On the 1st of July 2019, the start of Microsoft’s fiscal year, an announcement was made via the partner website on a very inconspicuous page, that this would be the last year that Microsoft planned to provide its Microsoft partners and resellers with internal use rights (IUR) for product licenses, stating the discontinuation of the practice commencing as of 1st July 2020.
This was just the beginning of a number of changes that Microsoft was looking to push through in FY2020 which would have a tangible financial impact on partners. Other changes included the ongoing limiting and alignment of licensing to partners’ competencies, and the reduction of on premise product support benefits, in programs such as the Microsoft Action Pack (MAP). The response was swift and resentful, with partners accusing Microsoft of ‘declaring war’ on channel.
Members of the channel with long memories, may remember a similar step back in 2013 with the movement away from TechNet to the MSDN program. Within a week, a petition was started by a Melbourne based partner, against the vendor’s plans. This very quickly achieved 700 signatures, and by the 8th of July, had grown to over 1,500.
Why did these changes create such an uproar in the channel?
IURs allow Microsoft partners to run their business on Microsoft software, from their Windows desktops to all of the back-end servers to the newer cloud services, providing significant savings in software licensing, and encouraging partners to use the solutions in-house. Partners consistently rated the IURs as one of the best features of Microsoft’s partner program and cited as a key benefit in partner discussions over the years. Partners who signed the partition recognised that the changes could cost them thousands of dollars extra per month.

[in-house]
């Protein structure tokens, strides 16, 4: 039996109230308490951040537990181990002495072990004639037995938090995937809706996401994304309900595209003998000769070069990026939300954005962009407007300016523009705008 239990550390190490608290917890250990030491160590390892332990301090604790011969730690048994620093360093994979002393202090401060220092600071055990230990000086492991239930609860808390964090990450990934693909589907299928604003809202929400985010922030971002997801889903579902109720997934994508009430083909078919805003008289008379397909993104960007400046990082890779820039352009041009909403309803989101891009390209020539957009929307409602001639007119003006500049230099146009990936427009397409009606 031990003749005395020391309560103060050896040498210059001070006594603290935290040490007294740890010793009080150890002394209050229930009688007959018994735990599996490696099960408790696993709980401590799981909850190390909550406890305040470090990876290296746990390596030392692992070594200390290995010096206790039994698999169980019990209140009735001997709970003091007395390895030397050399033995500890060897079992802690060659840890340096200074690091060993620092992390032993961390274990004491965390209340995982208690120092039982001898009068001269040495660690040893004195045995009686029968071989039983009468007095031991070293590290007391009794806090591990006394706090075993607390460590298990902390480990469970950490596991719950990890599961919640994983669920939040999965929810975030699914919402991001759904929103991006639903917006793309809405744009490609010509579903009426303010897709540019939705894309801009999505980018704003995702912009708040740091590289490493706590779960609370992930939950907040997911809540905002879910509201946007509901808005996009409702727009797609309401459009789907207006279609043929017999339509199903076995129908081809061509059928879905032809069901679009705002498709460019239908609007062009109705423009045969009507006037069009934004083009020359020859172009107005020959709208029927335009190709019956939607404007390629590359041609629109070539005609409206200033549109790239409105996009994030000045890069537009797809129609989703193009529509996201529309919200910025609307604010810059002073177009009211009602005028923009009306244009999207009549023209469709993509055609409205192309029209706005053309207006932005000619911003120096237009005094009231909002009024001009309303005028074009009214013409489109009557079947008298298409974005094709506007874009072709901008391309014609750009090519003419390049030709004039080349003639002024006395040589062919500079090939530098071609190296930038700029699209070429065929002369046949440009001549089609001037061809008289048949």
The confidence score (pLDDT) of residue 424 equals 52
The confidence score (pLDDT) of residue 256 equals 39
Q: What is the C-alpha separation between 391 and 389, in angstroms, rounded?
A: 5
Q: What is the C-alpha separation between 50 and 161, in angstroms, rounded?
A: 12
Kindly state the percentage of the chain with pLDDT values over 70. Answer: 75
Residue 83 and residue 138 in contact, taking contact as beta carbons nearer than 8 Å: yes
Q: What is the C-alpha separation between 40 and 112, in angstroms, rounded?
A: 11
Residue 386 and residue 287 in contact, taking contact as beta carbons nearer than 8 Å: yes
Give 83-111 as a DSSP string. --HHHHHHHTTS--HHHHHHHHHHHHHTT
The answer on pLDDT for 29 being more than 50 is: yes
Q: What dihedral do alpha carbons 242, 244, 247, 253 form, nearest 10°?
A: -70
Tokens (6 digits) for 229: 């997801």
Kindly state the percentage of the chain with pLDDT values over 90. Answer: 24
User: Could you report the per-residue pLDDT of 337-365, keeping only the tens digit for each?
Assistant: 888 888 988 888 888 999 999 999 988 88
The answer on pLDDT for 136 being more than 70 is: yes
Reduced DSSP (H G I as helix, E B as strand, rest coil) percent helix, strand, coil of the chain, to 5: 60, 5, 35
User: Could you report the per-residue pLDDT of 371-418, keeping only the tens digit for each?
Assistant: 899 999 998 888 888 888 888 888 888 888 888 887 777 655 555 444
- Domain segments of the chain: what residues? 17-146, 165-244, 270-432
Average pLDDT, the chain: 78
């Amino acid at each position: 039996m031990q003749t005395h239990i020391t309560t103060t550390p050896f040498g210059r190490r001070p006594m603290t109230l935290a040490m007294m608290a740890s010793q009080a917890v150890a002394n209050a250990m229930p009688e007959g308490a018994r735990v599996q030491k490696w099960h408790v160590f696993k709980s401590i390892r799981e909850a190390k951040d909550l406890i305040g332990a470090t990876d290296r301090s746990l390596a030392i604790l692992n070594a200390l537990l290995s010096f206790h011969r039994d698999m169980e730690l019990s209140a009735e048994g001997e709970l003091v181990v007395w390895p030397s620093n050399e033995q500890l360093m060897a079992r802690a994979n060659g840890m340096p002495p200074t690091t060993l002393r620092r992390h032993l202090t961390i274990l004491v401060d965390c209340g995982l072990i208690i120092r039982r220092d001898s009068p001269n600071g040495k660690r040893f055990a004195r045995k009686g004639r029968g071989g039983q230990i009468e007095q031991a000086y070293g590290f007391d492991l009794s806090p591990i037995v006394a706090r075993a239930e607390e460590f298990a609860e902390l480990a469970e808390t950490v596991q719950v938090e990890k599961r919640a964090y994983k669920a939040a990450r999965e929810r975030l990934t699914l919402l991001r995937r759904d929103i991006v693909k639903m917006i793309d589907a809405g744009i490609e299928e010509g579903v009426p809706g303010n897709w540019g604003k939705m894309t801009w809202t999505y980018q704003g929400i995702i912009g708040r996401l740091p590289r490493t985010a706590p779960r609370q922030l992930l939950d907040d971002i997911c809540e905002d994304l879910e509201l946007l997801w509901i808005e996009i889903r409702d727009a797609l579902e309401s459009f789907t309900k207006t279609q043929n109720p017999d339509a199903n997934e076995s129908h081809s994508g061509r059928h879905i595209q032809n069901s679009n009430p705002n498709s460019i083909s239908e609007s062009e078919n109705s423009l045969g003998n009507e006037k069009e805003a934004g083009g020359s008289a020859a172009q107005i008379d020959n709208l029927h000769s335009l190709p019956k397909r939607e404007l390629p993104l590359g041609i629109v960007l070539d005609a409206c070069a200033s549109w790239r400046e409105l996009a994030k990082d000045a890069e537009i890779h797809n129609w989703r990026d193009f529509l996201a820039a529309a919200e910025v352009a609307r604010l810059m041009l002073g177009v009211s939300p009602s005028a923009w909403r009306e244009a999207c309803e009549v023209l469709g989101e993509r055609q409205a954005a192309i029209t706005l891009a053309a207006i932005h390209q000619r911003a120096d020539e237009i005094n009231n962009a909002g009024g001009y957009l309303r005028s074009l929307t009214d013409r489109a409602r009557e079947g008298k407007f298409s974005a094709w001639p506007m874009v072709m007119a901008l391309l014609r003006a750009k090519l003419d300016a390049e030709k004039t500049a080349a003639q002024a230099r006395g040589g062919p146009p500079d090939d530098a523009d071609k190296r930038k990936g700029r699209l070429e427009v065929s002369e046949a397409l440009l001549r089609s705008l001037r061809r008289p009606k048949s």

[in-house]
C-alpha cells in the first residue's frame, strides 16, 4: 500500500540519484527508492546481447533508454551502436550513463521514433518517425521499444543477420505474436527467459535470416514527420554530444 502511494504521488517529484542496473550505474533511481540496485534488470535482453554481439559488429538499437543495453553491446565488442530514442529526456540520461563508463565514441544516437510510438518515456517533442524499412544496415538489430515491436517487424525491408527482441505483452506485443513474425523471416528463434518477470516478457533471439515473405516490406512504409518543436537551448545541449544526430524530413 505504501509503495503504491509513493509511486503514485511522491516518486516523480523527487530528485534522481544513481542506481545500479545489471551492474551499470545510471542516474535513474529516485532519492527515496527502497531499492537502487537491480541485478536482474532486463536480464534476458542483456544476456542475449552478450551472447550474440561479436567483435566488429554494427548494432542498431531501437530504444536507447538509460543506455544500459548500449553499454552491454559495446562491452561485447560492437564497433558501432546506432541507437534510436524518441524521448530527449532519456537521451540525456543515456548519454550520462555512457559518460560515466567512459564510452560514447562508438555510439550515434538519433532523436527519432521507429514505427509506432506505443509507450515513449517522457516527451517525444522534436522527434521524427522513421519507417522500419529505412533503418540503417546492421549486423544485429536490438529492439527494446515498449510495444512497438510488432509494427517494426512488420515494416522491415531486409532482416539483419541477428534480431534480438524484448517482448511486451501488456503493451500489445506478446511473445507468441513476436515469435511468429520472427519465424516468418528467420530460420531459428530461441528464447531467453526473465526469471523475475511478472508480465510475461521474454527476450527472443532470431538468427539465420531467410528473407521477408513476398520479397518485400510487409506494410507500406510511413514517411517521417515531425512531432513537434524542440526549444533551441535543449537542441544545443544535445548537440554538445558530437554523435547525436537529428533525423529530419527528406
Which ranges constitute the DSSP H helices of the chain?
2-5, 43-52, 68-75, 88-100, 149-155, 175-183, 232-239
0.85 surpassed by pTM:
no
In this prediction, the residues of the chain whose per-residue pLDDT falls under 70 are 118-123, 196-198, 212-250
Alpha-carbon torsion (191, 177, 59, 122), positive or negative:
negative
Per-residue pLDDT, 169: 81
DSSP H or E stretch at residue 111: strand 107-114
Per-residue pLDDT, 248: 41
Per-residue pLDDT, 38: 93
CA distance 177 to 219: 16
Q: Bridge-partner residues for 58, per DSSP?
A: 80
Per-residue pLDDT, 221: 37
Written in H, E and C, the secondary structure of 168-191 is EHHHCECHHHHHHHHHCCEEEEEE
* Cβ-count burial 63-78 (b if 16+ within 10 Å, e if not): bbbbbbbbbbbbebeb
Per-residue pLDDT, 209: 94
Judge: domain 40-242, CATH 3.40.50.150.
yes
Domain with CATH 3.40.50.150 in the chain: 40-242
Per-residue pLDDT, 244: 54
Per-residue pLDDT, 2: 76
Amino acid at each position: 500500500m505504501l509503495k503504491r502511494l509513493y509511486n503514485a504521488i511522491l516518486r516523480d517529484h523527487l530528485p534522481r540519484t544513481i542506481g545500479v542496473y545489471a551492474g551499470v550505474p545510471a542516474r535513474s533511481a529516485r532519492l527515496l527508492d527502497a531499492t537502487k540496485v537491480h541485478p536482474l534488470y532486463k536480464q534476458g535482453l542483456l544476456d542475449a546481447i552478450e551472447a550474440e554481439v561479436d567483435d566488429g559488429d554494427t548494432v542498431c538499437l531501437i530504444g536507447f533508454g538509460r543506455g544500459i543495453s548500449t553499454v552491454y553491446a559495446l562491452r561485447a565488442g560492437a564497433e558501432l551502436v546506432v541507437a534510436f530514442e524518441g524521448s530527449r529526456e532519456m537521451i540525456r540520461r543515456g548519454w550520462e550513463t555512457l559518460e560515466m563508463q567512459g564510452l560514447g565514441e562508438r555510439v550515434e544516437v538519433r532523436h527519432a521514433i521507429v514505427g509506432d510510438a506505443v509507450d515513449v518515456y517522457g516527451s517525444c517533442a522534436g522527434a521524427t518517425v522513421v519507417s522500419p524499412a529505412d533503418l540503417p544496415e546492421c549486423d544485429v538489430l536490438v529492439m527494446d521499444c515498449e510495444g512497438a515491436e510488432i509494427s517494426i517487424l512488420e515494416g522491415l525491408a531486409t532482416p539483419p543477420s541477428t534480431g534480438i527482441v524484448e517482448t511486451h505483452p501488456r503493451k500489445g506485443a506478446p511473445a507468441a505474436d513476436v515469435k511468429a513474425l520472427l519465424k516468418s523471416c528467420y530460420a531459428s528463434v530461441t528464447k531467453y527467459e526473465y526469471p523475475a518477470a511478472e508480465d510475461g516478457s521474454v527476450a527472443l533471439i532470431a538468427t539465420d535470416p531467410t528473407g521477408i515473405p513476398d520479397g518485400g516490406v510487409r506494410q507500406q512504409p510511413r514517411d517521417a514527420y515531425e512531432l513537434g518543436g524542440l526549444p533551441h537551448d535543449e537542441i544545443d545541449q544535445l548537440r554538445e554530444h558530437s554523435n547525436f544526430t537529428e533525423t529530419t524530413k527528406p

Articles posted before the rollback announcement indicated that Microsoft officials had stated that “the decision to start requiring partners to pay for the Microsoft software and services they use stemmed from a need to cut costs.” One article indicated “Microsoft is currently incurring about $200 million in costs annually and growing”. In making the original decision, Microsoft execs believed the money it would save outweighed the risk.
What Microsoft underestimated was the impact on partner profitability and commitment.
The 4P’s or Partner Productivity
- Product – any significant changes in the physical product or software licensing that impacts the user experience or functionality or services.
- Program – any changes to your partner program in the form of partner benefits, partner certification requirements, access to MDF or deal registration.
- Profit – any change that impacts partner profitability, such as restructuring of distribution or fulfilment models, product or service pricing moves, pricing model changes, or even changes to your MDF process.
- People – any change to your channel team, their process or KPI’s, or remuneration for partner management.
Follow the money
When we are assisting vendors with a program review, we keep in mind the adage “follow the money” as most of the common problems faced by vendors with their partners relate to the rewards, freebies, financial benefits/incentives that you put in front of them. Even today, we find many vendors haven’t truly analysed the profit consequences of their partner programs.
Microsoft had developed a highly popular program which offered partners significant benefits to assist them in adopting Microsoft products not just for solution development, but for everyday use in their businesses. A great initiative, which had seen them swell their partner ranks significantly. The announcement on the 1st of July 2019 would change all that. Plenty of thought went into the desired outcome Microsoft internally wanted to achieve, but it was clear that not enough thought had gone into the external outcomes.